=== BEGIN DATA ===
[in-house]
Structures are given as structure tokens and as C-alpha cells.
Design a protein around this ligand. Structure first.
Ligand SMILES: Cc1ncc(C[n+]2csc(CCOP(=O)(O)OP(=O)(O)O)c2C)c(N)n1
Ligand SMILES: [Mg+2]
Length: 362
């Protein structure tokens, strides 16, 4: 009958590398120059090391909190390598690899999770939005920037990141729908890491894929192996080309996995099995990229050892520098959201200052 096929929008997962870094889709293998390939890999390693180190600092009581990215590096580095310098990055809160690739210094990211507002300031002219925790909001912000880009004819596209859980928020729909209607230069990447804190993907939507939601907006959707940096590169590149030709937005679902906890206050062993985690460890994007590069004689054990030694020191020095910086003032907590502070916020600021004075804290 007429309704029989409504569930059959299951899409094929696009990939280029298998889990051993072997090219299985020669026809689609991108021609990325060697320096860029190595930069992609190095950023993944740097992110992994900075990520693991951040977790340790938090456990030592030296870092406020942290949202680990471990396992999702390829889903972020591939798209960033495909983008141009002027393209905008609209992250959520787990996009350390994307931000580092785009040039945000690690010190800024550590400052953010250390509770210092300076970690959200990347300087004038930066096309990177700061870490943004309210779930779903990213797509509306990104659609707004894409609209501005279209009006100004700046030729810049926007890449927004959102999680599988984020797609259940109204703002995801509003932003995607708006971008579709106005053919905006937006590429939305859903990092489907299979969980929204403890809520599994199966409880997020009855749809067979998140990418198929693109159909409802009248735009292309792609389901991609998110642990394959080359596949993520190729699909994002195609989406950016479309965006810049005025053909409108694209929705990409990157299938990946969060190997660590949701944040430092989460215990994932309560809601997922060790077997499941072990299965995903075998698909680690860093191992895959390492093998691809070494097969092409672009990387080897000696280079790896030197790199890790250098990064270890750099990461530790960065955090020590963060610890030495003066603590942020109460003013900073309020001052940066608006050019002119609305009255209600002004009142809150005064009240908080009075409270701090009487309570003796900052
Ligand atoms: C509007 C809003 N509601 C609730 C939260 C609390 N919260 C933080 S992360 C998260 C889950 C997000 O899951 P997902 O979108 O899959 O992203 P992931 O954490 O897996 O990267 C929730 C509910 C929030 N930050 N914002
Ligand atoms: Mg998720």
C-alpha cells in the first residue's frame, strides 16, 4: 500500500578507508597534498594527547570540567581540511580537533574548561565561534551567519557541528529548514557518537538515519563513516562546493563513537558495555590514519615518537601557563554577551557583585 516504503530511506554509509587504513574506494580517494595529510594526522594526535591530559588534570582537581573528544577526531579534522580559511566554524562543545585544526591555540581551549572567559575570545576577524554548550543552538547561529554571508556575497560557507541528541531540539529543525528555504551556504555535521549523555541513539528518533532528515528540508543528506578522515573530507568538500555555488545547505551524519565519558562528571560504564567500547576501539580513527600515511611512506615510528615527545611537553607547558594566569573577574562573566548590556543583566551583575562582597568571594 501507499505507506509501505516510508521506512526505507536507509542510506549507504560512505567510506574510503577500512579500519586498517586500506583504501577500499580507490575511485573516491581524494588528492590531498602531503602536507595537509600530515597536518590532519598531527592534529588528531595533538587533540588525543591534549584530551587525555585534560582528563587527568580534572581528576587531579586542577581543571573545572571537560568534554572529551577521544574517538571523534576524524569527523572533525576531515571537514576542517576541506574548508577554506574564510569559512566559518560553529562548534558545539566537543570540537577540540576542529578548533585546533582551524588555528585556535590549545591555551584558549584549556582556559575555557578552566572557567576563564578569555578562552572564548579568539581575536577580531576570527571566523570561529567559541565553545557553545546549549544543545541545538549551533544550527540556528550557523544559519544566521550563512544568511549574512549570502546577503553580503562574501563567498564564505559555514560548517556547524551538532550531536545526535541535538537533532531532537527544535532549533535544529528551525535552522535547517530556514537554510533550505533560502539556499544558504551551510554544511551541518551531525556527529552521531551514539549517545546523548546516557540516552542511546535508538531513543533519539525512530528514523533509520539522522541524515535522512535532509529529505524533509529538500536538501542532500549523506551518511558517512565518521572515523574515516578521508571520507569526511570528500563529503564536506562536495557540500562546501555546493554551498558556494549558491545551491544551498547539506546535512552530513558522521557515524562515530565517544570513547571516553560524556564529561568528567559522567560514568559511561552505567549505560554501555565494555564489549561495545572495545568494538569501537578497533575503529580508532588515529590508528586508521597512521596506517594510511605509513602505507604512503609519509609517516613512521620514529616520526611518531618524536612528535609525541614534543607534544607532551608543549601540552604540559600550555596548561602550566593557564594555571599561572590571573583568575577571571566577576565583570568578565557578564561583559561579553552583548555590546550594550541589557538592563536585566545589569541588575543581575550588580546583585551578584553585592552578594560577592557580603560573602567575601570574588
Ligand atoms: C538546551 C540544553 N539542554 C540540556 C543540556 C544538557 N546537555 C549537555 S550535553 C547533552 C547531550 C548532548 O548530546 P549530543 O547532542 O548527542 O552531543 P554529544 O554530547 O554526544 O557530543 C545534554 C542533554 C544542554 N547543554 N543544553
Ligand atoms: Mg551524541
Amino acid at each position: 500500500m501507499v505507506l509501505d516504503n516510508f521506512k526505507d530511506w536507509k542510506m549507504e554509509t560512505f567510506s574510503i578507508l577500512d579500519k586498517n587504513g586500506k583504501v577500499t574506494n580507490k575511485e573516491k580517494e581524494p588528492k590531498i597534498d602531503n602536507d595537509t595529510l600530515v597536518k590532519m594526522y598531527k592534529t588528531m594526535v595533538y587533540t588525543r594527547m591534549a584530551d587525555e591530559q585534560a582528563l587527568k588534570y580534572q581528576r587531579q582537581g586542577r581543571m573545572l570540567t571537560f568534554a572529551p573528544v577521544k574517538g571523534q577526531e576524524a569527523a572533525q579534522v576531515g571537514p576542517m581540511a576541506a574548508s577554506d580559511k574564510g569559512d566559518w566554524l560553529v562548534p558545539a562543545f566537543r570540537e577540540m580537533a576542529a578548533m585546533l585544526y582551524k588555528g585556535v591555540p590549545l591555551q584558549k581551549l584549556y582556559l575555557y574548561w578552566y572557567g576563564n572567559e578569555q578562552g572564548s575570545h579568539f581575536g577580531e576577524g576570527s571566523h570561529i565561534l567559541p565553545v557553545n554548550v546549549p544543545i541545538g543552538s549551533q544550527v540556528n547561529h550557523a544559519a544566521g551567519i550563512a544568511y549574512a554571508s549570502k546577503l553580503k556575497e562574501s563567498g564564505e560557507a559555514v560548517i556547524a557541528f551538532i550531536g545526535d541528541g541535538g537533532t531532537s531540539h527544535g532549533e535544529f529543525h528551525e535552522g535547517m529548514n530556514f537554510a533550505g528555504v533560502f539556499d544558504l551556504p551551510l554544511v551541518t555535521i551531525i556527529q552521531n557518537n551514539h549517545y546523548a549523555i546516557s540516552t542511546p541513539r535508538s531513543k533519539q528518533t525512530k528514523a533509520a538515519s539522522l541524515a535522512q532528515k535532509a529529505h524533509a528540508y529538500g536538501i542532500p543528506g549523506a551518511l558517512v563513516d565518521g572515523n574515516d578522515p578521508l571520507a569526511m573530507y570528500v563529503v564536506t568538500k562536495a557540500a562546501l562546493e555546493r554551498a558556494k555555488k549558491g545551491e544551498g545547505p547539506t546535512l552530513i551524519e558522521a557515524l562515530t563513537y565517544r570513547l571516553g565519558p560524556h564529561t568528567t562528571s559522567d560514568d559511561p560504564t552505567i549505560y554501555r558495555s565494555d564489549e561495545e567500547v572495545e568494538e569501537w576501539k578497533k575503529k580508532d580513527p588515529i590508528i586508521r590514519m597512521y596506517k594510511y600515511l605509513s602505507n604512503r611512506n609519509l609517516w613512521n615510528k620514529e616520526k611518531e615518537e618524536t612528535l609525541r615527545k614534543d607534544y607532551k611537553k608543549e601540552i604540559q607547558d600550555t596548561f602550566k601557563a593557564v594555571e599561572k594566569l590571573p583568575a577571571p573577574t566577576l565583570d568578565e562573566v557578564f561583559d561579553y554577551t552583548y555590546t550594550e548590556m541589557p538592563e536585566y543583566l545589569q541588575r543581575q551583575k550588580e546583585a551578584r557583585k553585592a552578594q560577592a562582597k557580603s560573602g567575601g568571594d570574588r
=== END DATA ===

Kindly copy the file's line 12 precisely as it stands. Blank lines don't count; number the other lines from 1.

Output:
Ligand atoms: Mg551524541